Net Etiquette rules developed as more people began to communicate and interact on the Internet. There is no way to avoid the digital social interaction that will almost certainly become a large part of children growing up in this age of evolving technological devices.
Parents need to have regular conversations with their children about online safety, digital etiquette and cyber bullying. Children are more likely to behave properly online when they know and understand what is expected of them.
Below are examples of good net etiquette rules for your children to follow:
- Treat others how you want to be treated. Sometimes children need to be reminded about good manners, even online. Make a point of stressing that sometimes it is better to discuss sensitive issues with the person directly rather than sending a hurtful email or posting something online.
- Keep your friends’ secrets – ask your child how they would feel if one of their embarrassing moments or photos was posted on the web for the world to see.
- Before you join in a discussion on the web, always check that your questions and comments are relevant to the group. It is a good idea to “lurk” or watch the conversation before joining in.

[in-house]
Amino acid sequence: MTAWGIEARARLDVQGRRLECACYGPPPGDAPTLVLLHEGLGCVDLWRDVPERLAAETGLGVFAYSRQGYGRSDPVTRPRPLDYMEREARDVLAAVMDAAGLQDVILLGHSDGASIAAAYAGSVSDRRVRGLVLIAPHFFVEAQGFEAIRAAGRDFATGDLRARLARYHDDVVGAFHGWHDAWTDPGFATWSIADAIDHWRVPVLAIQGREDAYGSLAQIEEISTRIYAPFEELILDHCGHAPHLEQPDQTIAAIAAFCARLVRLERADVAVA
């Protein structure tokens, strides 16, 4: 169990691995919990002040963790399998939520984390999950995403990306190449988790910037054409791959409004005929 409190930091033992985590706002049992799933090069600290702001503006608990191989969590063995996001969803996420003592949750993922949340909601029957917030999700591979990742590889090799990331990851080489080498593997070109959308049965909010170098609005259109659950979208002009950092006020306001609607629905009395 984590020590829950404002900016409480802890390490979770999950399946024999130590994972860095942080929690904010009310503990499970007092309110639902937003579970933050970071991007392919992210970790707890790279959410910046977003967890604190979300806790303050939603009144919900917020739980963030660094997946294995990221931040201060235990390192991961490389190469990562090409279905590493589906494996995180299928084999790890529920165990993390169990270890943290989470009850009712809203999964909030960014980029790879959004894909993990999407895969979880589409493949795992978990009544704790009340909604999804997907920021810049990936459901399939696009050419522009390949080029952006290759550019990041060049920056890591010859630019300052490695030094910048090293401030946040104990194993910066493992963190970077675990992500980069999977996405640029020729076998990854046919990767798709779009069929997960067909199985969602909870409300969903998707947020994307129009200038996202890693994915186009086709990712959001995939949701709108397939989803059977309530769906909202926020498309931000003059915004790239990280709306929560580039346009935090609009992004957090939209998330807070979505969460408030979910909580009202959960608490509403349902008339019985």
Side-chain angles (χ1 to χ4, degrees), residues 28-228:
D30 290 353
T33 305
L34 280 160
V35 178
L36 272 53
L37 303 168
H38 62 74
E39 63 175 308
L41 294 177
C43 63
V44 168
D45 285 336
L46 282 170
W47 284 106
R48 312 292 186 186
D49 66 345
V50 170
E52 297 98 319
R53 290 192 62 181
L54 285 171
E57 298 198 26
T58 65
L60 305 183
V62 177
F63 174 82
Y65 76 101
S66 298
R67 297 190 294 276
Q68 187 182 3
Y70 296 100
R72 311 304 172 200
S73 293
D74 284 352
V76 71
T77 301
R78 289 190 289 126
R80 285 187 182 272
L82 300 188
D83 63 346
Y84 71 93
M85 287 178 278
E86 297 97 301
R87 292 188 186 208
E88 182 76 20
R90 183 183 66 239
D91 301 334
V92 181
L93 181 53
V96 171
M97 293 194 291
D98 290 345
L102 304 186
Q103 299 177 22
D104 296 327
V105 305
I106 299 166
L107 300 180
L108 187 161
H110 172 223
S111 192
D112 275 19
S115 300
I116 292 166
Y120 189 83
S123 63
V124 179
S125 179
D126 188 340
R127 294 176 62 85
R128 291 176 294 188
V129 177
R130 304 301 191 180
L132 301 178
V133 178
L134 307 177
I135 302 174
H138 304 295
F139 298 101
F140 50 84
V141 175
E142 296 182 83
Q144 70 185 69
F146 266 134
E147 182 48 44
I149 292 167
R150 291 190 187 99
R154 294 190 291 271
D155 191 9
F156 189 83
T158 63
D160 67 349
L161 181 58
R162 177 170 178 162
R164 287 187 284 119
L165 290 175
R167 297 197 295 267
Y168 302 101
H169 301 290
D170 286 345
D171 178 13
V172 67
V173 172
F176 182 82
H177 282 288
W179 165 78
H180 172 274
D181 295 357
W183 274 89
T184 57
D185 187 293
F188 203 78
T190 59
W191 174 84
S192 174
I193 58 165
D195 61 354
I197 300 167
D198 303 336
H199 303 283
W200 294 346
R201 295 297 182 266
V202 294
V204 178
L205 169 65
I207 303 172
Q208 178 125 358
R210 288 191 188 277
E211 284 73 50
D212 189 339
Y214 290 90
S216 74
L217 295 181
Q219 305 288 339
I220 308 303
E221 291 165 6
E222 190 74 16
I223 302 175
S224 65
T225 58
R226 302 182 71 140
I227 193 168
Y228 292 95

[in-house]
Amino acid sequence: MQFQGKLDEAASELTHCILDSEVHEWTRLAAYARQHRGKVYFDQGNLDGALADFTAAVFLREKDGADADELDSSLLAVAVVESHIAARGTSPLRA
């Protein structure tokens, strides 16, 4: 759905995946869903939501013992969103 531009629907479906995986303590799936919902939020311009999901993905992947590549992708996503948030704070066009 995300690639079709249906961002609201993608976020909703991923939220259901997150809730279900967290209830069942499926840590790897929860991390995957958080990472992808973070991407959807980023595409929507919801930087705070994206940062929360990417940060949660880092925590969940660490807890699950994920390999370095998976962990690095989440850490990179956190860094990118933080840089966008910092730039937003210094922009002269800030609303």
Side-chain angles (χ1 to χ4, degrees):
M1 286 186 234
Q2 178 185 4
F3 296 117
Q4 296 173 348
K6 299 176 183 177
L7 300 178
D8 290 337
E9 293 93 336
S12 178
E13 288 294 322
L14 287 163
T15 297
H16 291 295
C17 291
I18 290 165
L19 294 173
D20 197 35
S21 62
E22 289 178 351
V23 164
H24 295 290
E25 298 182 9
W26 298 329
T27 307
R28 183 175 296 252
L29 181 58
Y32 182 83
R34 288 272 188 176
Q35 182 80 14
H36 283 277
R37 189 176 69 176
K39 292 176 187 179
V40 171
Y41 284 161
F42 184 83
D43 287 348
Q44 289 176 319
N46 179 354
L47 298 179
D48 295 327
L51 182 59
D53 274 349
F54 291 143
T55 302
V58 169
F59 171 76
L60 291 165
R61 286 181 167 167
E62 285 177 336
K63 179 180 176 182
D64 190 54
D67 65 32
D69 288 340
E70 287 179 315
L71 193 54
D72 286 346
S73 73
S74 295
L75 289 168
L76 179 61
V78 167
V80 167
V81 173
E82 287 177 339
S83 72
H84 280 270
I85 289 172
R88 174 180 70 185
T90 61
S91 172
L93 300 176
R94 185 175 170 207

- Double check your messages before you hit the send button – teach your child to slow down and think about their post or comments, and that once sent there is no way to take back their words.
- Never respond to threatening or rude messages anywhere – on message boards, newsgroups, social media platforms or chat.
- If a conversation makes you feel uncomfortable – always leave the chat
- Never get involved in a text shouting match between two or more people
- Never type in capital letters as this is considered to be shouting on the internet
- If you wish to forward a personal email to others, first check with the original sender that it is OK to do so; and if you do forward, make sure that personal email addresses of others are kept private and secure.
Remember teaching children how to interact online is an ongoing process and not just listing a set of rules or a one off conversation. It requires parents to interact with their children on a regular basis and use real life situations as learning experiences.
If you have worries about your children, whether related to Net Etiquette or any other aspect of their behaviour, please do contact me for an informal discussion. Sharing a problem is halfway toward resolving it.
Your Family Coach